After their visit, Toronto was selected as the location for the 2014 WorldPride Week. We're located just a block from the Canadian centre for such activities (the corner of Church and Wellesley Streets). Sleeping in our condo during the annual Toronto Pride Week is difficult – the happenings continue to happen into the wee hours of the morning. We offered our condo to the boys for the WorldPride Week. They expressed some interest. We'll be at the cottage that week.
Lynn and MiraBoth the Friesens and the Roosen-Runges visited us at the cottage. It's interesting how visiMira and the Roosen-Rungestors inspire local explorations that we never seem to get around to doing on our own. The twins inspired our trip to the top of the CN Tower. The Friesens inspired our trip to the used book store block in Peterborough. It's a short city block, but contains some five used book stores. If (when?) the used book stores on Yonge near our condo go out of business, we will be able to fall back on the used book stores in Peterborough. We can't walk from our cottage, but it's only a short drive.
We also visited NiMira and Priscillaagara-on-the-Lake this year. Priscilla drove up from her place in the country. We met her for dinner and three short Noel Coward plays one evening. That night we spent in a local bed-and-breakfast. Times have changed – they provide wireless Internet access for their guests. The next day we had a lavish breakfast as the completion of our bed-and-breakfast experience, and went on to a light lunch in town and a “light” Shaw play, The Devil's Disciple. It was an enjoyable mini-holiday.
2009 was one of the "big" birthday years for me. I turned 70, ... eh gad, I don't feel that old, bu70th Birthday Partyt that's what the calendar says. Retirement (or seimi-retirement) is busy enough that it's hard to remember how we could have found time to “work”. Mira continues with her part-time project management work for a Provincial Government body. It's not all-consuming, but it does keep her active in the field. We have jointly been working on a new Canadian Association of Women in Construction website. Their current website is seriously under-supported by the firm that built it. The new website is being built on a “Software as a Service” (SaaS) platform. The vendor, Wild Apricot, provides its association management package as an online service. For a bundled monthly fee, CAWIC gets a supported home for the website that Mira and I are developing.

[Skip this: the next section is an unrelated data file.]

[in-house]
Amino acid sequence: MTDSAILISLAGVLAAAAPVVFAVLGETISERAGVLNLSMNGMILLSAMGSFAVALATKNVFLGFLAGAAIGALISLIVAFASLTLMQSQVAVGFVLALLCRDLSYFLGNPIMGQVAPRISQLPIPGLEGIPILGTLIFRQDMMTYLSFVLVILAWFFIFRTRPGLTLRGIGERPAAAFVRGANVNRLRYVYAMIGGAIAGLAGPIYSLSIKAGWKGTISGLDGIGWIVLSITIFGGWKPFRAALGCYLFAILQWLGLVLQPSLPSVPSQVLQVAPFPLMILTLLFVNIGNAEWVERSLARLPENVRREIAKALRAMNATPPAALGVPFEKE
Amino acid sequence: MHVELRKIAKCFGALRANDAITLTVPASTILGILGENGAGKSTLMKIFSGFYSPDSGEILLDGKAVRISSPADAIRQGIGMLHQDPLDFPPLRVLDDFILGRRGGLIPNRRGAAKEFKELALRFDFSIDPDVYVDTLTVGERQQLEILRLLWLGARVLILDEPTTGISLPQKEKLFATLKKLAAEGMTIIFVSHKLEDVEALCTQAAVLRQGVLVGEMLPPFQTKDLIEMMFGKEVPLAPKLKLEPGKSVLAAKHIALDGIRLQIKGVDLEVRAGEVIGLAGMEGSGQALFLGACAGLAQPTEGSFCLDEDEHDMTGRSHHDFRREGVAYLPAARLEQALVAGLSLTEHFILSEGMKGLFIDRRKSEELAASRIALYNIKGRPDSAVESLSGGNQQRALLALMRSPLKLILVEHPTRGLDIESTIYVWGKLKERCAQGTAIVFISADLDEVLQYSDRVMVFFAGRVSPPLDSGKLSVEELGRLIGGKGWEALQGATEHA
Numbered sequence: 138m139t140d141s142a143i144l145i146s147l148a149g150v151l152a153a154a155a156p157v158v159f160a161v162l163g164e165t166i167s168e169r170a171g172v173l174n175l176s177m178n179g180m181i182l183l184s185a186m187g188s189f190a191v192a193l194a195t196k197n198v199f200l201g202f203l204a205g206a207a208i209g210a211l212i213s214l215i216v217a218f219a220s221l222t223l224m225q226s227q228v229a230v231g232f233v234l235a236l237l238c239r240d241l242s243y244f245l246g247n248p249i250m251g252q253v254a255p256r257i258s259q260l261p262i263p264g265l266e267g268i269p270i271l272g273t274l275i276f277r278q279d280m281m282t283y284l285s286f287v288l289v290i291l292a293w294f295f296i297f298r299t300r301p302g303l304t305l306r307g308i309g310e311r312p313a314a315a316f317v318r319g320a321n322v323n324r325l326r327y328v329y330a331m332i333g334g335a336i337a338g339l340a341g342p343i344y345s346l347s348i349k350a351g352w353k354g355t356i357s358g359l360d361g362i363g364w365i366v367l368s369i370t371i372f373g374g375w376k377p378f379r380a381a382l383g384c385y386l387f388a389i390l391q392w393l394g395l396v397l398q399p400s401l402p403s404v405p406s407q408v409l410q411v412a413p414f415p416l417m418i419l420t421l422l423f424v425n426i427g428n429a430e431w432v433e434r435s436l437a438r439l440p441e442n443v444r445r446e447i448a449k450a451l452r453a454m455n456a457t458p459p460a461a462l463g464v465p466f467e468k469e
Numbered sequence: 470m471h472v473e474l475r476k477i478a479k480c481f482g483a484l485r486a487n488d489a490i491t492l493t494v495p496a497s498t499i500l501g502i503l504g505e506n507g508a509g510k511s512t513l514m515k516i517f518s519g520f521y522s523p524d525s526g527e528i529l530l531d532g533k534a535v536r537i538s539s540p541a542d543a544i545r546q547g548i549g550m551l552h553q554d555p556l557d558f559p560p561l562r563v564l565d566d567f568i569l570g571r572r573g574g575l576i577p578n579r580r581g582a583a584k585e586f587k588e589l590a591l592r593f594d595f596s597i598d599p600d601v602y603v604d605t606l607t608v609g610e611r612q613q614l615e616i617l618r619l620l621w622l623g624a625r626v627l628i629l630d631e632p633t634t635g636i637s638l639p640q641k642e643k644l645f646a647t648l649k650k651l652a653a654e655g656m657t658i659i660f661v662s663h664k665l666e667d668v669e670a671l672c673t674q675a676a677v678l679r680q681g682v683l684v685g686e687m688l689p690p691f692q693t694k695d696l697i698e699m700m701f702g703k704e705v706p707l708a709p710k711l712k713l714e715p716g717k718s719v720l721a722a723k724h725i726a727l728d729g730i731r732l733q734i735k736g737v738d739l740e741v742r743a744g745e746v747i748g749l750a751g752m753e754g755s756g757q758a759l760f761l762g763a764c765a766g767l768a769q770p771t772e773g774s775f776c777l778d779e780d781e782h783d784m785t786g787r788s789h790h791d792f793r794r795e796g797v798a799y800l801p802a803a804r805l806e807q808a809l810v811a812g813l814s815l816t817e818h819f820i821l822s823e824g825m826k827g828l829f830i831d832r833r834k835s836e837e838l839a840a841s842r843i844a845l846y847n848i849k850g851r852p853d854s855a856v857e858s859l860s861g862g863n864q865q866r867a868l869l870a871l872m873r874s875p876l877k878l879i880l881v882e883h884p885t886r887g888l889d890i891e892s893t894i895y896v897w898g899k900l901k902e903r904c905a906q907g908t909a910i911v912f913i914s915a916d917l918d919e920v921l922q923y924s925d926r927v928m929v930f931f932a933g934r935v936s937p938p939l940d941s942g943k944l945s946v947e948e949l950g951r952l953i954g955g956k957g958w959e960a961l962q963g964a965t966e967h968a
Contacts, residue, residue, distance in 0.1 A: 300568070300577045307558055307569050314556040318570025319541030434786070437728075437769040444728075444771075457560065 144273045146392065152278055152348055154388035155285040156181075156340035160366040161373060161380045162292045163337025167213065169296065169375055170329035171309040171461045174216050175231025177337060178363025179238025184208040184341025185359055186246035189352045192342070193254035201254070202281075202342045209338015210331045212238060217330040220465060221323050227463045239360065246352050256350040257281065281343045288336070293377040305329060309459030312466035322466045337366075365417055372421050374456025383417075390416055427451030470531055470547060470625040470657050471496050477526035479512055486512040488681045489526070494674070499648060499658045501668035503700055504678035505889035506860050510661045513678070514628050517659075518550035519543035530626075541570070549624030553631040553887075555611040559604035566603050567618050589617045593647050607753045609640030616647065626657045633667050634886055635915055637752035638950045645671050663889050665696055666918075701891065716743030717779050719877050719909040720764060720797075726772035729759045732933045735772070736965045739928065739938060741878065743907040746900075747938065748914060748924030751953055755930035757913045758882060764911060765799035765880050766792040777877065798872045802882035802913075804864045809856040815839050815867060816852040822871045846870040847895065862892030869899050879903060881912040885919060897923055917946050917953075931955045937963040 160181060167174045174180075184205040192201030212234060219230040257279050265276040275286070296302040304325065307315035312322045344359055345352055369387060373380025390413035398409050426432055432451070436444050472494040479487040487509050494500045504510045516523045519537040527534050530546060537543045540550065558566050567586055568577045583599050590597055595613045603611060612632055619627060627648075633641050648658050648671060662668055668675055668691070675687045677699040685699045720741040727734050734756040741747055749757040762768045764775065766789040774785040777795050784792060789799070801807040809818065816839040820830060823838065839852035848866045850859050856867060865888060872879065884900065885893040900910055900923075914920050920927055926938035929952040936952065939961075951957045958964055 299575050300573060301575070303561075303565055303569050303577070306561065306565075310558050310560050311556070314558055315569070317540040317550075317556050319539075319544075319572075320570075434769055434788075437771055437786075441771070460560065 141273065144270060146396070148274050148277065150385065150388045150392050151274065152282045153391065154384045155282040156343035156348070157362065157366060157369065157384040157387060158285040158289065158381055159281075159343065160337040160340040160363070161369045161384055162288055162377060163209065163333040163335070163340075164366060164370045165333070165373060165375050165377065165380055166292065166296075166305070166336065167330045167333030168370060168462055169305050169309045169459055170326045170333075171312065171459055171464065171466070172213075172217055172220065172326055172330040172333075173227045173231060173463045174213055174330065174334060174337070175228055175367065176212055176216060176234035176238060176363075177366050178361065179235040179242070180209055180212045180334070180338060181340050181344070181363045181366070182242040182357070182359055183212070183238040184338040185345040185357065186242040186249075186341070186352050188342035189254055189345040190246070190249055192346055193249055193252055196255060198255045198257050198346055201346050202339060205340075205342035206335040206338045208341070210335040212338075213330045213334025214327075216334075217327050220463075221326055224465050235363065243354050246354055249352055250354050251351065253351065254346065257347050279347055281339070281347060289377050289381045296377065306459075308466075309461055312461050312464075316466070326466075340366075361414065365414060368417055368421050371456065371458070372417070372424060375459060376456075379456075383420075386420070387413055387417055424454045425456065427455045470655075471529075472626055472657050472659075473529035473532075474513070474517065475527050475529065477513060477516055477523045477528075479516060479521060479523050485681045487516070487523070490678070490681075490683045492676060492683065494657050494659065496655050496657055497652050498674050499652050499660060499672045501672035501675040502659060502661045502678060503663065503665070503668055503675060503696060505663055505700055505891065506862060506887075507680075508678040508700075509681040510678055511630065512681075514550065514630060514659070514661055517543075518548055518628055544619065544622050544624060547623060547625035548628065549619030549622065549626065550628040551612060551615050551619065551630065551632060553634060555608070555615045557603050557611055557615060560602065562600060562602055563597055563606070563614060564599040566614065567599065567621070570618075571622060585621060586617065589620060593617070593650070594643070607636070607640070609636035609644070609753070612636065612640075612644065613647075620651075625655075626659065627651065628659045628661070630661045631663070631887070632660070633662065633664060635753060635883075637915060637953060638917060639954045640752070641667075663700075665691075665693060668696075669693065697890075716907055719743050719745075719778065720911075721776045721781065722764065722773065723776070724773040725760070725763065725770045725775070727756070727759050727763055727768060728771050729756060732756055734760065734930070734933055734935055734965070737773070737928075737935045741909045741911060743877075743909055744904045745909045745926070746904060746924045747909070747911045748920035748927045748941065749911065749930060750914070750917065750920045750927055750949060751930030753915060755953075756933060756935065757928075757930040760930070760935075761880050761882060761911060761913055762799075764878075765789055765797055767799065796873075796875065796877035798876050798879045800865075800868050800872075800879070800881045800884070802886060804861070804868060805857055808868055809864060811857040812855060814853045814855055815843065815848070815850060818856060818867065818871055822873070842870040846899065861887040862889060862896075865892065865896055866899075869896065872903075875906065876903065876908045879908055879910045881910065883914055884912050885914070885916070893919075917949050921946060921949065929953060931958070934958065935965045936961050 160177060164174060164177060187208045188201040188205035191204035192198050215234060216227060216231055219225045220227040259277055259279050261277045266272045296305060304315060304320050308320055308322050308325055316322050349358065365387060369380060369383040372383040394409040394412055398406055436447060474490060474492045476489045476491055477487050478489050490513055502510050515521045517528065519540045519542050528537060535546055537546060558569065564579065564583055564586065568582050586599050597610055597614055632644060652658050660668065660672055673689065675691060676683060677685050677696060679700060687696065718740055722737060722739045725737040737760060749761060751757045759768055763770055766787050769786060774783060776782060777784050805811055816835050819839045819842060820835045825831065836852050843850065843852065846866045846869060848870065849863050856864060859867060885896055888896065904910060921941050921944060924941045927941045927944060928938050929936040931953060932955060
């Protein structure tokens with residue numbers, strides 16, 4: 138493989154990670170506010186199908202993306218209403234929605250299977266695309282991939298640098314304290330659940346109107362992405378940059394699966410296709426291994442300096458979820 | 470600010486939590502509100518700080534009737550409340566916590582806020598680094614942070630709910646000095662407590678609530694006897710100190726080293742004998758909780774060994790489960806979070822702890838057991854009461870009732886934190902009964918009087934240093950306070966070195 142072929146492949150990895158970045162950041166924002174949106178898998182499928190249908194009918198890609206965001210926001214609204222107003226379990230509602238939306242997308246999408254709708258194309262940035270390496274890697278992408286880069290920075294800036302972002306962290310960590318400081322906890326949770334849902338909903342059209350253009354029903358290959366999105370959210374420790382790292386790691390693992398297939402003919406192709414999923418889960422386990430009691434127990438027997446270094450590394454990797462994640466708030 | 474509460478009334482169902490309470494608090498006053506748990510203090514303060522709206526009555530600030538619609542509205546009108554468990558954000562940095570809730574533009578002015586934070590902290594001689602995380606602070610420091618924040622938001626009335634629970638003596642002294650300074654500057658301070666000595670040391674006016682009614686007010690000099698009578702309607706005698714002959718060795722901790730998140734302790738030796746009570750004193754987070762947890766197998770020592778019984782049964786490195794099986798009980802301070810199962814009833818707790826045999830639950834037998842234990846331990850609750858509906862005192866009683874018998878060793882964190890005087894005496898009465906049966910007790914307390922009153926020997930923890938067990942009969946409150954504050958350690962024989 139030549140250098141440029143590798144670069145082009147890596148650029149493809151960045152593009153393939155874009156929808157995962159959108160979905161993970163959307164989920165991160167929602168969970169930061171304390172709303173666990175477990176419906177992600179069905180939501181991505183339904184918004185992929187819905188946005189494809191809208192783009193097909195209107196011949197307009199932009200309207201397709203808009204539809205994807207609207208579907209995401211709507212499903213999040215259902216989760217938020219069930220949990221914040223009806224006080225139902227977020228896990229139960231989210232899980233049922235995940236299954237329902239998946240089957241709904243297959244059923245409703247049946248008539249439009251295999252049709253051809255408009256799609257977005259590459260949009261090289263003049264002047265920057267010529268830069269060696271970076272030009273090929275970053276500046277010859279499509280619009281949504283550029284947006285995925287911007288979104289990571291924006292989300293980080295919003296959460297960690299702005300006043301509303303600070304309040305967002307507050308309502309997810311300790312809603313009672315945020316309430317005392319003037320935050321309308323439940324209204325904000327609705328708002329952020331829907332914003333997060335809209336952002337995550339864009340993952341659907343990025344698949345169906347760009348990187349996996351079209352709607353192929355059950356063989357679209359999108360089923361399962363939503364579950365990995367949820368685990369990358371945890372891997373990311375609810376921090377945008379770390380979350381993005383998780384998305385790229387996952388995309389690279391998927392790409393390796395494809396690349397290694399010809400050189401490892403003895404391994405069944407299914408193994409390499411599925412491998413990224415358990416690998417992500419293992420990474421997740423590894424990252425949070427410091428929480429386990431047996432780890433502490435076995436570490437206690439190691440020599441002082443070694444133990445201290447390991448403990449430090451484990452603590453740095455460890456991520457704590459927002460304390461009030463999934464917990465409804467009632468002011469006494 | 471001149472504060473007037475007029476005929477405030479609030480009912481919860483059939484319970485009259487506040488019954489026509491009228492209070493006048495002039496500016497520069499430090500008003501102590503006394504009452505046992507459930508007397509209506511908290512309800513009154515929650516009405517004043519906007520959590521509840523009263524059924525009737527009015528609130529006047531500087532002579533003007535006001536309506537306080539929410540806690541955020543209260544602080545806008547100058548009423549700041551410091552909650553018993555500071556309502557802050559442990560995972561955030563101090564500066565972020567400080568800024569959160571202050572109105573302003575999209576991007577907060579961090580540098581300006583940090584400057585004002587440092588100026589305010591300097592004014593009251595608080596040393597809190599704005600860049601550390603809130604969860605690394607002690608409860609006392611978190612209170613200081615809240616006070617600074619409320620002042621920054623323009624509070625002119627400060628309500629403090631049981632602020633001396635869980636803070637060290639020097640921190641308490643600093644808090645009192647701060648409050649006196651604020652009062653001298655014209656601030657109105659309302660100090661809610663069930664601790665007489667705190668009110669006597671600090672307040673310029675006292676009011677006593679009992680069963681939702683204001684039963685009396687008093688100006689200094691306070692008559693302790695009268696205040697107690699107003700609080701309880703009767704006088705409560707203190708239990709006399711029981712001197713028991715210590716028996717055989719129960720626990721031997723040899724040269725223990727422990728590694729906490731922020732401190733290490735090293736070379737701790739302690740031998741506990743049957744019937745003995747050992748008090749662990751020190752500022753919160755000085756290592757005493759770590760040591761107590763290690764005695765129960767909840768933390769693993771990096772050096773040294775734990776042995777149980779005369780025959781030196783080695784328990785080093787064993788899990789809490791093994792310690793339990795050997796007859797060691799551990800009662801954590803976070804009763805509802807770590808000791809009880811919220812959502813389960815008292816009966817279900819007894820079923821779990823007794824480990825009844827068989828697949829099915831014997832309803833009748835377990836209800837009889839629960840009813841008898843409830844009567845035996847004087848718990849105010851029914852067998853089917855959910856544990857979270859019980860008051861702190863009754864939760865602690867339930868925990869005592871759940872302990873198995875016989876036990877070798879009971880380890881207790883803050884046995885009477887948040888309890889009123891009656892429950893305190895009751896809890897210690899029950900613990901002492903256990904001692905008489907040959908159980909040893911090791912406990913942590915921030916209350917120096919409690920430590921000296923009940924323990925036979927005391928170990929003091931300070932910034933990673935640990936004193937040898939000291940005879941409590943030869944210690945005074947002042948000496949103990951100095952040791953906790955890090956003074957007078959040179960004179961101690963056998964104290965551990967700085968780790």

For a time in 2009, I focused on philosophy. I explored casuistry as a way to think about morals and ethics, and professional ethics in particular. It had, and has, considerable appeal. It's a contextually sensitive approach that recognizes guiding examples, but is leery of moral or ethical absolutes. A similar contextual sensitivity is also important, in my view, to thinking about personal meaning and human value. A social context is critical to any meaningful thought process – the “community” comes before there can be any possibility of language or abstract thought. The “community” also supplies us with our key referential human values. All of these thoughts continue to swirl in the background, but I'm now more engaged with technology.
Website building has always interested me. In the recent past, I've spent more time with the open source content management system called Drupal. The combination of Drupal and the constituent resource management package called CiviCRM is a particularly powerful tool for non-profit associations. It has thousands of plug-in options, ... all open source and available to be freely downloaded. But support can be challenging. Supported and pre-configured Drupal + CiviCRM is an alternative to the SaaS service provided by Wild Apricot. Both alternatives have their appeal. Helping associations think through their options is likely to be an interesting part of my professional work in 2010.
We have a couple of trips already planned for 2010. We want to visit Mira's brother who just moved to Georgia, and we're interested in a trip through Copper Canyon in Mexico. That's for the first part of 2010. We hope the “boys” will arrive as planned in the late Winter or early Spring. And we're looking forward to seeing how the twins have grown since we last saw them. 2010 looks to be another interesting year, ... and we've only begun our planning.
Bob Fabian